David outside looking at the roof where a woman was bathing - and then having her come to him to be intimate,  Amnon with his half sister Tamar (2 Samuel 13)- inviting her into his room alone and then violating her,  etc.  We don't even always know that someone is a danger to us.  I don't know if Bathsheba knew David's plans, and certainly Tamar didn't.  I'm not blaming them at all.  Sometimes we know the danger, and other times we can't.
David knew & Amnon knew.

Nobody is immune to temptation.  

If you think that you can intentionally put yourself into a dangerous situation and not get burned, that is not wisdom.  That is pride.
Pride goes before destruction, and a haughty spirit before a fall (Proverbs 16:18).
Christians can fall into sin too.

David was a man after God's own heart, but he sinned.
Abraham had an immoral relationship with Hagar, but he was a man of faith.
He also threw his wife into danger by only calling her his sister in Genesis 12 & 20.
While a person whose life pattern is sin is not a believer, that doesn't mean that a true Christian will never sin or is immune to temptation.
Sin has temporal consequences even for believers.
The hyper-grace movement is a dangerous one.
Christians should never sin that grace may abound.

1 Corinthians 10:8-13 is a warning not to indulge in immorality, and again, lest we think Christians are immune, it warns those who think they stand to be careful lest they fall.
God will provide a way of escape in situations of undesired temptation (like He did for Joseph with Potiphar's wife), but that is not an invitation to intentionally put ourselves into temptation's path! Proverbs is full of warnings to avoid temptation.

Christians need to also avoid intentionally being a temptation to others.

Just as a father shouldn't provoke his children to anger, and one Christian shouldn't tempt another to go against their weaker conscience, so we should show discretion in our own behavior toward each other.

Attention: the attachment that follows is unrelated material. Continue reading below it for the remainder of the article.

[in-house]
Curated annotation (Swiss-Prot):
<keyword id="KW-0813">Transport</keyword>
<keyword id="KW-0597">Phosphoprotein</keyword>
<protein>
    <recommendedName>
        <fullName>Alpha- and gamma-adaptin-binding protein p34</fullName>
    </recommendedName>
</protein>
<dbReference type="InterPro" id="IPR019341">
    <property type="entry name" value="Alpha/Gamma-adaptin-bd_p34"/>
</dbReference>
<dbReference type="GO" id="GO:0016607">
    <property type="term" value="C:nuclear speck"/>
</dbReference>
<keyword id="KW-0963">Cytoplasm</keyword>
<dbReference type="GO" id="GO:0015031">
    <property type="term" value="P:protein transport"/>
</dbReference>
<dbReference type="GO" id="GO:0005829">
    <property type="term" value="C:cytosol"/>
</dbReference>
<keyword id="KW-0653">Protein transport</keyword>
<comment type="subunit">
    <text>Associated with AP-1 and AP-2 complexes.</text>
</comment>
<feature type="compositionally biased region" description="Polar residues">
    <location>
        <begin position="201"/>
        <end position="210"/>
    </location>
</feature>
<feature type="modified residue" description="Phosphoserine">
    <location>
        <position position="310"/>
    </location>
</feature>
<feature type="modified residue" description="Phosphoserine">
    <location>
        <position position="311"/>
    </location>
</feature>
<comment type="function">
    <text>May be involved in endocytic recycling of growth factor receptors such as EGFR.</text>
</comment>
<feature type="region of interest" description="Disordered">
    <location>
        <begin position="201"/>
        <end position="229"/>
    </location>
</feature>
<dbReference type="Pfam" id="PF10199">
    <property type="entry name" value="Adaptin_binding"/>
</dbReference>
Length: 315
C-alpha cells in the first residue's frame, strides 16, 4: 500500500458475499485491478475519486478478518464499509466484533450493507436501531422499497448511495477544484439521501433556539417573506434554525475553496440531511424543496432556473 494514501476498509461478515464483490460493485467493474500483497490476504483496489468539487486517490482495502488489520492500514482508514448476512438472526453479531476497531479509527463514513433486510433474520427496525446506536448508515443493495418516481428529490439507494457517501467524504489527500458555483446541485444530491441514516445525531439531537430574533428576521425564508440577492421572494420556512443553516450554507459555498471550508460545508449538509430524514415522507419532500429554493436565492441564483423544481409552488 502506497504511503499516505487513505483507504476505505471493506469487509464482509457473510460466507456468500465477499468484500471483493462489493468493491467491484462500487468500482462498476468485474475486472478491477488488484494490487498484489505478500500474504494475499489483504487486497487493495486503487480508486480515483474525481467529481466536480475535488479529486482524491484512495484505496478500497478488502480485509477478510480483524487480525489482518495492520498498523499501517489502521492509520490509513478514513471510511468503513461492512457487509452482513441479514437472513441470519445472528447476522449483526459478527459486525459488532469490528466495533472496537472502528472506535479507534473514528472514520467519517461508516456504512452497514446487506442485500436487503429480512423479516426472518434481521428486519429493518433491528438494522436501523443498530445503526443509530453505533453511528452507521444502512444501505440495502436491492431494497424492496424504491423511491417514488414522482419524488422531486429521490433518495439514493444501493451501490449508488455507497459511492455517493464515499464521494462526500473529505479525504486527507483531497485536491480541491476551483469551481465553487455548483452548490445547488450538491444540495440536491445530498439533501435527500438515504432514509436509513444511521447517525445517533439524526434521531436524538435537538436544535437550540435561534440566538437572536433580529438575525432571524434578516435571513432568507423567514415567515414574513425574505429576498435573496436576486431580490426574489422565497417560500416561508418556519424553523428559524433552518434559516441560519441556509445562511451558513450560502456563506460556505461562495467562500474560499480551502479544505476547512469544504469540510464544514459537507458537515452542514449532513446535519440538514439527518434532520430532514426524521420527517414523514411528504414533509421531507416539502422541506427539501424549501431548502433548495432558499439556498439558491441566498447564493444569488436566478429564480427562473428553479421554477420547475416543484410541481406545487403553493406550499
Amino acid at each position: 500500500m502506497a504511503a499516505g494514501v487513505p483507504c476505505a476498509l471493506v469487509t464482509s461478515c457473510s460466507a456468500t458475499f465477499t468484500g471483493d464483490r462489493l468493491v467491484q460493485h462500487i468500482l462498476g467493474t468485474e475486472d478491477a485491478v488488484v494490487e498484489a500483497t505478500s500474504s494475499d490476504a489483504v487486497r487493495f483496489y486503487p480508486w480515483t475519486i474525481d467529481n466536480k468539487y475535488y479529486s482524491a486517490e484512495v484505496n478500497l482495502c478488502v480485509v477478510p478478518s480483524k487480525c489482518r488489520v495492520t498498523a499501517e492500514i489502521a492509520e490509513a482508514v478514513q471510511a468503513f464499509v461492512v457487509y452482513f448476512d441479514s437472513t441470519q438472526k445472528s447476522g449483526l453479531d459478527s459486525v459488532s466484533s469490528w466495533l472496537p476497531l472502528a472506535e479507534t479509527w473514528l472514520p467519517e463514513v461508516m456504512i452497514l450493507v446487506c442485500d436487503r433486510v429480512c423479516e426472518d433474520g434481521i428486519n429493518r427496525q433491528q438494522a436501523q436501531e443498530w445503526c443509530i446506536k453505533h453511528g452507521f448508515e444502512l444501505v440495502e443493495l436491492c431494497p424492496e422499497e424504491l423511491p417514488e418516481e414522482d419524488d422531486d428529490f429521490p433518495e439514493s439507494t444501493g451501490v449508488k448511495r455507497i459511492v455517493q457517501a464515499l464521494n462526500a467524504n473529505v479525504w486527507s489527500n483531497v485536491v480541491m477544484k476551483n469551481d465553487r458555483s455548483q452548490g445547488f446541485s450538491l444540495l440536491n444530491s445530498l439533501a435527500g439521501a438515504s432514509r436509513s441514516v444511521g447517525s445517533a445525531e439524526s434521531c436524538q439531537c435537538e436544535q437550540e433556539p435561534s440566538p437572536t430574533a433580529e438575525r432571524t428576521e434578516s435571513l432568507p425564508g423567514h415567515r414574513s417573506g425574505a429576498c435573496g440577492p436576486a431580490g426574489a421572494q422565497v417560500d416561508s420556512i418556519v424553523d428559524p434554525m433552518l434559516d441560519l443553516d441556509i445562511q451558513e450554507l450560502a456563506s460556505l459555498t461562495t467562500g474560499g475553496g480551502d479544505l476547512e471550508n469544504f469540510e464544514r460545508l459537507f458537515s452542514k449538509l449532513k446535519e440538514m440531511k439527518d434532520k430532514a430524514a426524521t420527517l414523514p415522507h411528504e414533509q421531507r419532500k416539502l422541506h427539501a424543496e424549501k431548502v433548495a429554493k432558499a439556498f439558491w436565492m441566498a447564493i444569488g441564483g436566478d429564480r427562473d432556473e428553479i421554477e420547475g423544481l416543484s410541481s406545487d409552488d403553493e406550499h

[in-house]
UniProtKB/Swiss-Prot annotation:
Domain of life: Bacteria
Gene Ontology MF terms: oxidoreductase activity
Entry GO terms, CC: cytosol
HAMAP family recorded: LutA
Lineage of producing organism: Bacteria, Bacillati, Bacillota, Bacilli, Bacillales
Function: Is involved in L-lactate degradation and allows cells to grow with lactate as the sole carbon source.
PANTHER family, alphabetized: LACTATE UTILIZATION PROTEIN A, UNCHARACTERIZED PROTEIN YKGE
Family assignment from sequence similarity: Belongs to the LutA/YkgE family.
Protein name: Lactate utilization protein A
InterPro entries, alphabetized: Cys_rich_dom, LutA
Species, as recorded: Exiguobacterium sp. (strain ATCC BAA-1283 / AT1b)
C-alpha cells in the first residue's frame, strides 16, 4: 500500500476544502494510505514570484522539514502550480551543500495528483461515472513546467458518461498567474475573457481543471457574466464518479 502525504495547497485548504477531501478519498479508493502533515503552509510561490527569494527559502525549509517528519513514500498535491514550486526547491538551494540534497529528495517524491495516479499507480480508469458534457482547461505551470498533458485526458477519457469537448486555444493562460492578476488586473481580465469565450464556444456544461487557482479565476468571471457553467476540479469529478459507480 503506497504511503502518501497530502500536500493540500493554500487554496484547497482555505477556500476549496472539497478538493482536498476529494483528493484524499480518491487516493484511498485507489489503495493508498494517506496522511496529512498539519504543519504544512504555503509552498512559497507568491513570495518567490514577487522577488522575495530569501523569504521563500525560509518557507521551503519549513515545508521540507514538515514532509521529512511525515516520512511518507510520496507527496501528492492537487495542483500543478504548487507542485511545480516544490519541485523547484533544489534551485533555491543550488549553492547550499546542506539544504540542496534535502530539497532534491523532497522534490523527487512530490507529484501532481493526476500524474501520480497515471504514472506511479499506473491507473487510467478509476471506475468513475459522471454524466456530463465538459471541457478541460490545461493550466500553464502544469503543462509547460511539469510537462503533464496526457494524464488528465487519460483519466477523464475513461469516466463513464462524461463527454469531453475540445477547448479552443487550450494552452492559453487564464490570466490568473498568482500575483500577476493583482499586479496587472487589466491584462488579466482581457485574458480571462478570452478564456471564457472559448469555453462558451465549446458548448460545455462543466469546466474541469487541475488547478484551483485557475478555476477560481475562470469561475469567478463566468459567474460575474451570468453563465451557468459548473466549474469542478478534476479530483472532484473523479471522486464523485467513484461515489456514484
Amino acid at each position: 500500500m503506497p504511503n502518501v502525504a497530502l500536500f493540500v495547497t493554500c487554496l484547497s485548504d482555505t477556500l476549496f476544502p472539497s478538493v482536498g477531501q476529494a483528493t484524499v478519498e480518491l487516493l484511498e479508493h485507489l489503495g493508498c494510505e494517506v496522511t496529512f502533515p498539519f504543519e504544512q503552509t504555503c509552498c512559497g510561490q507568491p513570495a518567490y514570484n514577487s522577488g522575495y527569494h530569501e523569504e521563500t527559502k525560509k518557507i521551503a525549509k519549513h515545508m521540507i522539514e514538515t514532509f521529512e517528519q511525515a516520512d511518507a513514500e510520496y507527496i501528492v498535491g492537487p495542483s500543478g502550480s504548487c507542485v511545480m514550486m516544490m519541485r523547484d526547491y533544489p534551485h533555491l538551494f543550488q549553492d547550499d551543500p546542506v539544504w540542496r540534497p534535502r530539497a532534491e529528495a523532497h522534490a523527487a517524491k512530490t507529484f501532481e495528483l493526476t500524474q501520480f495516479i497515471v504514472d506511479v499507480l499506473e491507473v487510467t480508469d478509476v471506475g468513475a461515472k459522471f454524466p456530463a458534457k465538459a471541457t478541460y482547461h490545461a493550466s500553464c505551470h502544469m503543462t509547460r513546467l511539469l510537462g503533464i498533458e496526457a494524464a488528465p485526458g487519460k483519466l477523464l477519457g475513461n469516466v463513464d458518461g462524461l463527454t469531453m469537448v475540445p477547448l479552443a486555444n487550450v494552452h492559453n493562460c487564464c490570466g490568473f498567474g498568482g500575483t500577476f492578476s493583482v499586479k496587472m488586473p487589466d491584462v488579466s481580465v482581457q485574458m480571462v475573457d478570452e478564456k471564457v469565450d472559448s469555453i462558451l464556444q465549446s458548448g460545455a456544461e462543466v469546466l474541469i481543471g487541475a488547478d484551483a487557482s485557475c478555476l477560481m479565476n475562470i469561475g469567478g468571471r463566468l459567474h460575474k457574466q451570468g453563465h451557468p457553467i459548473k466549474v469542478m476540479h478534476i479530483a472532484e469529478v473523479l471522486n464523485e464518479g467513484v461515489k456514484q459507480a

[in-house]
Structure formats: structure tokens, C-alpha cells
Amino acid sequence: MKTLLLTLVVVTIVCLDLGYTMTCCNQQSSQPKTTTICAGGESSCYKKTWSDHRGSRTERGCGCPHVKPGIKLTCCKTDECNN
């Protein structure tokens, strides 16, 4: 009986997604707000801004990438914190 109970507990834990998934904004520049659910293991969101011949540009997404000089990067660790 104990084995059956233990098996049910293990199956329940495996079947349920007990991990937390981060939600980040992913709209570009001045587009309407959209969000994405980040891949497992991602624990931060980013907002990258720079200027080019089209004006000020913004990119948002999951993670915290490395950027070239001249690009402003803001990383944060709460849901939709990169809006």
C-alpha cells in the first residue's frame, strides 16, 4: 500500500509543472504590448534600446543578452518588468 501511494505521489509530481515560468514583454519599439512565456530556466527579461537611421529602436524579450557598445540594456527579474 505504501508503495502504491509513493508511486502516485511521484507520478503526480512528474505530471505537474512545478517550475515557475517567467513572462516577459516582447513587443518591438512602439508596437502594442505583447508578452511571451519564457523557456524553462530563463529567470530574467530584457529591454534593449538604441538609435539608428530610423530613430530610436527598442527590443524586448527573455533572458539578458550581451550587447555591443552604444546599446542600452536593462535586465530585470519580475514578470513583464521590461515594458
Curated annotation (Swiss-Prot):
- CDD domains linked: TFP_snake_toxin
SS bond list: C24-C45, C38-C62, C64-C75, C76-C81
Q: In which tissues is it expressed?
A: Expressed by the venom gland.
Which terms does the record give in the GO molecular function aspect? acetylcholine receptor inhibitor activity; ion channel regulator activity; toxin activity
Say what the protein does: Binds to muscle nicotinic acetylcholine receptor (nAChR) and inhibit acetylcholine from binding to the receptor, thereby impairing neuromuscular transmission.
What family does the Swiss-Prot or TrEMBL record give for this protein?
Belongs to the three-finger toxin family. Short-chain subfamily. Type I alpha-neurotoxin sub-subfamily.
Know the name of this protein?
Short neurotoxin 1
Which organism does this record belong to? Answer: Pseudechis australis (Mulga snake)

My Application Thoughts: 

For a godly woman, an example of not tempting or provoking someone to lust, would be not wearing provocative, skimpy, peek-a-boo, or tight clothing, and not to have private or flirtatious meetings with men.

It could also mean limiting the amount of private communication with married men who aren't a spouse (also making sure that others can have access to what is said).
If you are a married woman, that would also include single men.
Even what might seem spiritual, evangelistic, or harmless could become a stumbling block and a temptation (which is true for both men and women).

When there are two single people, being alone in a room or building is a great danger.
That is why when I see a movie where a single person goes into another single person's home alone the mental alarm goes off in my mind.
That is so unwise, and it is putting both people into the path of temptation.

Avoiding and fleeing temptation is good, but I need to also pursue righteousness, faith, love, and peace.

Finally, brethren, whatever is true, whatever is honorable, whatever is right, whatever is pure, whatever is lovely, whatever is of good repute, if there is any excellence and if anything worthy of praise, dwell on these things.
Philippians 4:8 NASB

I would appreciate kind Biblical feedback.